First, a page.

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Celebrate the Milestones

Brenda Veselka


Victoria Pearl

My name is Brenda Veselka, and I am the proud mom of four-year-old Victoria Pearl. When I was approached to share a few words about my daughter's success story, I was at first taken aback by the request. That was due to the fact that I am always so focused on the next step, the next goal, the next task at hand that I had been missing the small successes that were right in front of me. It made me reflect on the necessity of taking time to appreciate the always slow, and often subtle, successes along the way. So here is a bit about Victoria's journey, but MY journey, too. It's what I like to call our success story in progress or "A Lesson to be Learned from Ferdinand".

Our journey began in January of 2007 when my husband and I joyfully welcomed Victoria. She was born healthy, so I thought we were home free. We could go live our lives as I envisioned - afternoons spent playing at the park, cooking dinner for Daddy... I hadn't anticipated that she would be terrified to get on playground equipment, gag at the smell of most foods, and refuse to eat them once they were served.

She was my first child, and although I read every baby book on the market, the realization that something was amiss came slowly to me. Although frustrating, I thought little of her eating habits. Aren't many kids picky eaters? When she didn't want to join in an activity, I often referred to her as Ferdinand the Bull from the children's book, preferring to wander around and smell the flowers. Wasn't that sweet? Her clumsiness never resulted in injury and became one of her endearing traits - I even teasingly called her "Gracy". In short, I celebrated what I chalked up to being her quirkiness!

Also, she met all her first milestones - barely within the range of normal, but still NORMAL! That is until she turned two and still wasn't talking. After an evaluation, she started speech therapy right away for what I was sure would be a 2-4 month process. After six months, the realization that it was something more serious was obvious, and she was diagnosed with Childhood Apraxia of Speech (CAS), a neurological speech disorder.

About this time, we had started to get invited to birthday parties. I went from being excited about receiving an invitation to cringing when one was received. The parties were torturous and the first place that I probably figured out something other than her speech was not quite right. While the other children were running around, splashing in the water, hitting pinatas, bouncing in the bouncy houses, Victoria was running for the door. I would come home and wonder what was wrong, and I would cry.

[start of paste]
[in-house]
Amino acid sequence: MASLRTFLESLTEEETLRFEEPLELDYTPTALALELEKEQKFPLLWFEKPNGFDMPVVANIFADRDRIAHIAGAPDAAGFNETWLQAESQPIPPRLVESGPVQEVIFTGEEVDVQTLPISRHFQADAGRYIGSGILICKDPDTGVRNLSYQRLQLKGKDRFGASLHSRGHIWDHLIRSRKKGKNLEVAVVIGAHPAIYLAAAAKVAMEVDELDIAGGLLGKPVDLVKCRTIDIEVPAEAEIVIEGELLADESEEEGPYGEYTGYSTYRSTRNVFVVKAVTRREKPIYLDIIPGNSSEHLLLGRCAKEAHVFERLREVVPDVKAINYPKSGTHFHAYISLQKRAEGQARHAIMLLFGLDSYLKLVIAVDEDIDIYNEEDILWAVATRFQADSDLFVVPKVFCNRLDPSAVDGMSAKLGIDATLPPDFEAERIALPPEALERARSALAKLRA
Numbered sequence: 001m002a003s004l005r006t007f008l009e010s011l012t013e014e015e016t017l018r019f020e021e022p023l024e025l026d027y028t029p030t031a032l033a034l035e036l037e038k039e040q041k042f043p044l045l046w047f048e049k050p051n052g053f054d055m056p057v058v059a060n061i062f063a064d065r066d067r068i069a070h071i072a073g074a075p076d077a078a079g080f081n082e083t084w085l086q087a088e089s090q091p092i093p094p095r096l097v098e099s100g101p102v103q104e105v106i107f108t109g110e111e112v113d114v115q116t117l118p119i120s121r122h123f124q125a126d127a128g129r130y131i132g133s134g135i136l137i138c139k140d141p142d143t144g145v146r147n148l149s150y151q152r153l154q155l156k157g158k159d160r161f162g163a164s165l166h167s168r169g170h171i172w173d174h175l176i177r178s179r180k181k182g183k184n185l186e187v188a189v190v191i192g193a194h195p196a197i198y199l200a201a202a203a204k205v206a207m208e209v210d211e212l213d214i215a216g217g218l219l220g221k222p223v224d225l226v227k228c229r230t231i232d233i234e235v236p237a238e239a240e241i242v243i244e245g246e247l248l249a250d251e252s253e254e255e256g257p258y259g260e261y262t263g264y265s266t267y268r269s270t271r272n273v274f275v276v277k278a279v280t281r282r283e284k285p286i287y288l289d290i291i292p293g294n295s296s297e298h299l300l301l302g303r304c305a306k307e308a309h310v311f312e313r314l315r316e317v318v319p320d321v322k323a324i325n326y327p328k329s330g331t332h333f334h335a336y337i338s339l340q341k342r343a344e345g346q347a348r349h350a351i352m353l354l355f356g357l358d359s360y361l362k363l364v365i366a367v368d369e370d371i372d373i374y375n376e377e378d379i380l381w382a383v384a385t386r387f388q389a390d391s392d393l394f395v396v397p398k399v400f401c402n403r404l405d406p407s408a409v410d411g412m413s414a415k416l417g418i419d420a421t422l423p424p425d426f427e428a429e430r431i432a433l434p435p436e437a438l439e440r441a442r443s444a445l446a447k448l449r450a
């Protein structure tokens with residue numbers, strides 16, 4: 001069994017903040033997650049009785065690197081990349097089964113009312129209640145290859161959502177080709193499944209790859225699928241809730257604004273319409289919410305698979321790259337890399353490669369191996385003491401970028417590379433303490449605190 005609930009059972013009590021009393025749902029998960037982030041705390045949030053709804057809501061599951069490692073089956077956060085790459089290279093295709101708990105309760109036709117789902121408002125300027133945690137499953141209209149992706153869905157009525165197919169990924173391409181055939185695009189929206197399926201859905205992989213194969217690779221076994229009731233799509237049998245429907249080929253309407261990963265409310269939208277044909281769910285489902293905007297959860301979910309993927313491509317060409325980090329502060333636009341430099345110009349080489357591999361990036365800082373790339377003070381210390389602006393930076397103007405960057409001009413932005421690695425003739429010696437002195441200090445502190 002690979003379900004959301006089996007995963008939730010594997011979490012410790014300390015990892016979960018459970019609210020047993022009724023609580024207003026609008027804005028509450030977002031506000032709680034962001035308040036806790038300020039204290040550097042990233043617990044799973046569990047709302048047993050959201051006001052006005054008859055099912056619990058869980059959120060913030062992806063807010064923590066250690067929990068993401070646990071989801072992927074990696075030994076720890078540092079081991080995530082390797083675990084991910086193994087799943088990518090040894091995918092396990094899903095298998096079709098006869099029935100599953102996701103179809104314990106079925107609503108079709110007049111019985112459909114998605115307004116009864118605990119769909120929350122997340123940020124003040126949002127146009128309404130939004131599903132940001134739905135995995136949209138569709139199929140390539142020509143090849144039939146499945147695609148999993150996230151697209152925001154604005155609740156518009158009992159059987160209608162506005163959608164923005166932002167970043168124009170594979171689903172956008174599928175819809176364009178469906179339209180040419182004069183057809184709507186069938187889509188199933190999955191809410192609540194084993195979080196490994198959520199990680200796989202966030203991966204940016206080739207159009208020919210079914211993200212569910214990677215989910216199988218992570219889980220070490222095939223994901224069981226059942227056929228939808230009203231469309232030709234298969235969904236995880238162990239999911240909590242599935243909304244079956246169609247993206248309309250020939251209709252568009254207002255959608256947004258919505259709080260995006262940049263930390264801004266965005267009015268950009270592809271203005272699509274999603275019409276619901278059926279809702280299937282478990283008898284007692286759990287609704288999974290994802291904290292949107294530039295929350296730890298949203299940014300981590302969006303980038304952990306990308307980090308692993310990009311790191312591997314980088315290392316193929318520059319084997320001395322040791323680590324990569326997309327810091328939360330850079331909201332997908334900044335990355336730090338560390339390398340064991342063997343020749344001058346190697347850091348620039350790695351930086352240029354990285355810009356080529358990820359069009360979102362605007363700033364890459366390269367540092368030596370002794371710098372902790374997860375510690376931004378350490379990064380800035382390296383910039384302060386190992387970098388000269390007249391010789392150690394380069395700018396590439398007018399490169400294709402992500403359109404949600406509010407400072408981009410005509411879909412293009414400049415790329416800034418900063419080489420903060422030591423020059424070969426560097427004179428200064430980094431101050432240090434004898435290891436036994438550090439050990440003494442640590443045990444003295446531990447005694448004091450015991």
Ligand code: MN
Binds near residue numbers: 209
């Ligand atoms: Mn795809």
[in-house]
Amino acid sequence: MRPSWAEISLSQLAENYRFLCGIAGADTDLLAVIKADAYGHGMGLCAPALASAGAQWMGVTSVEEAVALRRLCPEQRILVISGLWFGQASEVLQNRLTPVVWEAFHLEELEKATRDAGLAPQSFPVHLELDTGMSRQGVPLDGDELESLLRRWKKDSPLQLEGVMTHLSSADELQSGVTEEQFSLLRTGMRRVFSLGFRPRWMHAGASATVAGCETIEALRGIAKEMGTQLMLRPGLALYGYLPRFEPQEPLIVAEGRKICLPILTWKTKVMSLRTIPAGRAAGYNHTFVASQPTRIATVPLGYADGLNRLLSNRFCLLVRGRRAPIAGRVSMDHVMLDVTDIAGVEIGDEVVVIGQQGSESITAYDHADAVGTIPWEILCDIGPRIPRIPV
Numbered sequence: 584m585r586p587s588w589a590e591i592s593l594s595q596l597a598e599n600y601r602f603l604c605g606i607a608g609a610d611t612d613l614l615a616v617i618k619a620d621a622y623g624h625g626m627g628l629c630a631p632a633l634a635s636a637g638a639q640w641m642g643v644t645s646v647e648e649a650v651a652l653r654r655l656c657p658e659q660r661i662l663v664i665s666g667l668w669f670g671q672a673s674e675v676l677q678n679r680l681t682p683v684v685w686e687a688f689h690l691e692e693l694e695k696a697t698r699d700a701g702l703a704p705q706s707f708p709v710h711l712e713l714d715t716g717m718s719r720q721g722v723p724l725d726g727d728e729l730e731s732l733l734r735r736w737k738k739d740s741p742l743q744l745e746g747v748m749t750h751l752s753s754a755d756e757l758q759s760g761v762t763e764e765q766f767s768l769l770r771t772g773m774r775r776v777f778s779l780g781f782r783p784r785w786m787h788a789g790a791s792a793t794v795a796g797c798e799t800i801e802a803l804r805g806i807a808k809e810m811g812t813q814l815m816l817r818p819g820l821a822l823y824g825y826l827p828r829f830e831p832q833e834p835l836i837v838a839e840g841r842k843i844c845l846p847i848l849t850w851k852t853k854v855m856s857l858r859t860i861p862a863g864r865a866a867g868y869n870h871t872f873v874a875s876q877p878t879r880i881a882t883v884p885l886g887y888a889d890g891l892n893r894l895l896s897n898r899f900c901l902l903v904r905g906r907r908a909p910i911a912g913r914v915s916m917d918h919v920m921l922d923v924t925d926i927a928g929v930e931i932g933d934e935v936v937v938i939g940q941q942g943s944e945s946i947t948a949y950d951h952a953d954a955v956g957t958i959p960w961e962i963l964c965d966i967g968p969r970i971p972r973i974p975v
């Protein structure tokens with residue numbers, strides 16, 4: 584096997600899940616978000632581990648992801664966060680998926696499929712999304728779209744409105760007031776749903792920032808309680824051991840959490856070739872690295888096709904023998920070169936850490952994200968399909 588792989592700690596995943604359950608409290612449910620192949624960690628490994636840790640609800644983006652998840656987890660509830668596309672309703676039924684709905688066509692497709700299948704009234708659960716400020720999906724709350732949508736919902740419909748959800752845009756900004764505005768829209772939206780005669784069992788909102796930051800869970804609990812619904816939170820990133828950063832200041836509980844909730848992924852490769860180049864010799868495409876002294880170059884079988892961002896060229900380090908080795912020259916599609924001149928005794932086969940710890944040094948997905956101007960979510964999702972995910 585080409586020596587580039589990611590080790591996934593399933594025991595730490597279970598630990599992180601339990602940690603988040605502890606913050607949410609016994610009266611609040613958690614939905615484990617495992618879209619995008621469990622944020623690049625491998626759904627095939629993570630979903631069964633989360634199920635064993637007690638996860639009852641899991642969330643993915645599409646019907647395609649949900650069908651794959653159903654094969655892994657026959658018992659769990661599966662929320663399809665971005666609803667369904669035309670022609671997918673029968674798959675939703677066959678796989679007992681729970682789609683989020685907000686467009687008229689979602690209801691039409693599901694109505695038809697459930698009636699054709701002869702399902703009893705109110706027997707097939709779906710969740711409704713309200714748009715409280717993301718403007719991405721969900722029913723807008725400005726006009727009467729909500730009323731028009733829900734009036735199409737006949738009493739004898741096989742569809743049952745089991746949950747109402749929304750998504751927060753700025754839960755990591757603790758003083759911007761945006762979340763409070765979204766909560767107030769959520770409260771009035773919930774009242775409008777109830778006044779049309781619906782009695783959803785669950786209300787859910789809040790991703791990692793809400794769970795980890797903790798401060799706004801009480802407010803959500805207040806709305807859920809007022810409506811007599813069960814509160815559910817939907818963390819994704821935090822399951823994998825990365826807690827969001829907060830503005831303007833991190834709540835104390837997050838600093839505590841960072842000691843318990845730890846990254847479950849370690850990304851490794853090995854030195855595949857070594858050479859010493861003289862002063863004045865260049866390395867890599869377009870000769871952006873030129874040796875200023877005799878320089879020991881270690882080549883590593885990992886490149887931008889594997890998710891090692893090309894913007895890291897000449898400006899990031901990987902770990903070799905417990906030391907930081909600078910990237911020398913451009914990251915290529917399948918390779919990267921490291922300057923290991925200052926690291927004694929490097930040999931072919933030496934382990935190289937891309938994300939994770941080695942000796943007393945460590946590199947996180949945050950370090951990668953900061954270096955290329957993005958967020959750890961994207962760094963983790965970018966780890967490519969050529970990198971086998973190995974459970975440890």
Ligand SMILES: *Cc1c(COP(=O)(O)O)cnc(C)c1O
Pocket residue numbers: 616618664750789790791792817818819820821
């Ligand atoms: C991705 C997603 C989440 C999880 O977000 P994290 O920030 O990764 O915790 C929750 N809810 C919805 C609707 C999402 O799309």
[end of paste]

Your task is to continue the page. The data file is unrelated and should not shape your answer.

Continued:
Victoria at dance class

My speech therapist had been suggesting an OT evaluation and the words "sensory issues" were mentioned. I had a very narrow view of what "sensory issues" meant and was sure my daughter didn't have them. After additional prodding by the speech therapist and my growing feeling that something else was going on, I had the OT evaluation. I went from being sure of everything to being sure of nothing. She now had a Sensory Processing Disorder (SPD) diagnosis coupled with her CAS diagnosis. New words like proprioceptive and vestibular would soon be part of my vocabulary.

Victoria is not a typical SPD kid, although I would imagine that no two kids are alike in how SPD manifests itself in their bodies. With the help of my OT, we developed a therapy plan, which included two hours of private therapy each week, as well as suggestions for how I could help her at home. Those plans included getting Victoria involved in activities that would support the therapeutic process and get her around typical kids - such as dance class and gymnastics. That was a difficult step for me because I was afraid of how she would react in such an environment. I am happy to say we DID eventually try some classes - not always successfully. Figuring out the balance of protecting and pushing continues to be a difficult one, but I know it is essential for her continued growth.


Victoria on a jungle gym? Truly a milestone to be celebrated!

I describe the last two years as a fact-finding, book/article reading, therapy-attending, conference-going, bank account-draining, tear-shedding whirlwind. Much of it has been spent with a heavy heart and swollen eyes. I have gone through almost a grief process: denial, anger, guilt - but now on most days, acceptance. While I am two years into my journey, I know that I have a long way to go. I have had to accept that there is no fix for this but that the goal that it can be managed is a realistic one. I will keep working in partnership with my therapist, school, family and friends -those people who are vital in this journey to help Victoria manage her SPD in a way that will enable her to have a full life. For right now, though, I will remind myself to not only focus on what lies ahead, but also on these successes that are happening along the way. For me that means watching videos of my daughter from the most recent birthday parties we have attended. They show her riding a pony, trying to pump her legs on a swing and even sliding down a slide - in a bouncy house, on her tummy, face first!

While we couldn't do what we do without the help of those people I just mentioned, it is parents that are on the front lines day in and day out battling this disorder. I needed to be reminded and hopefully can now remind others, too, my fellow warriors to put down the shields and forget the heavy lifting for a moment. Instead, sit down and feel the air on your face and the grass below your feet and enjoy your children, because if you forget to do that, you forget to smell the roses along the way - and Ferdinand the bull really had a good idea about that one!


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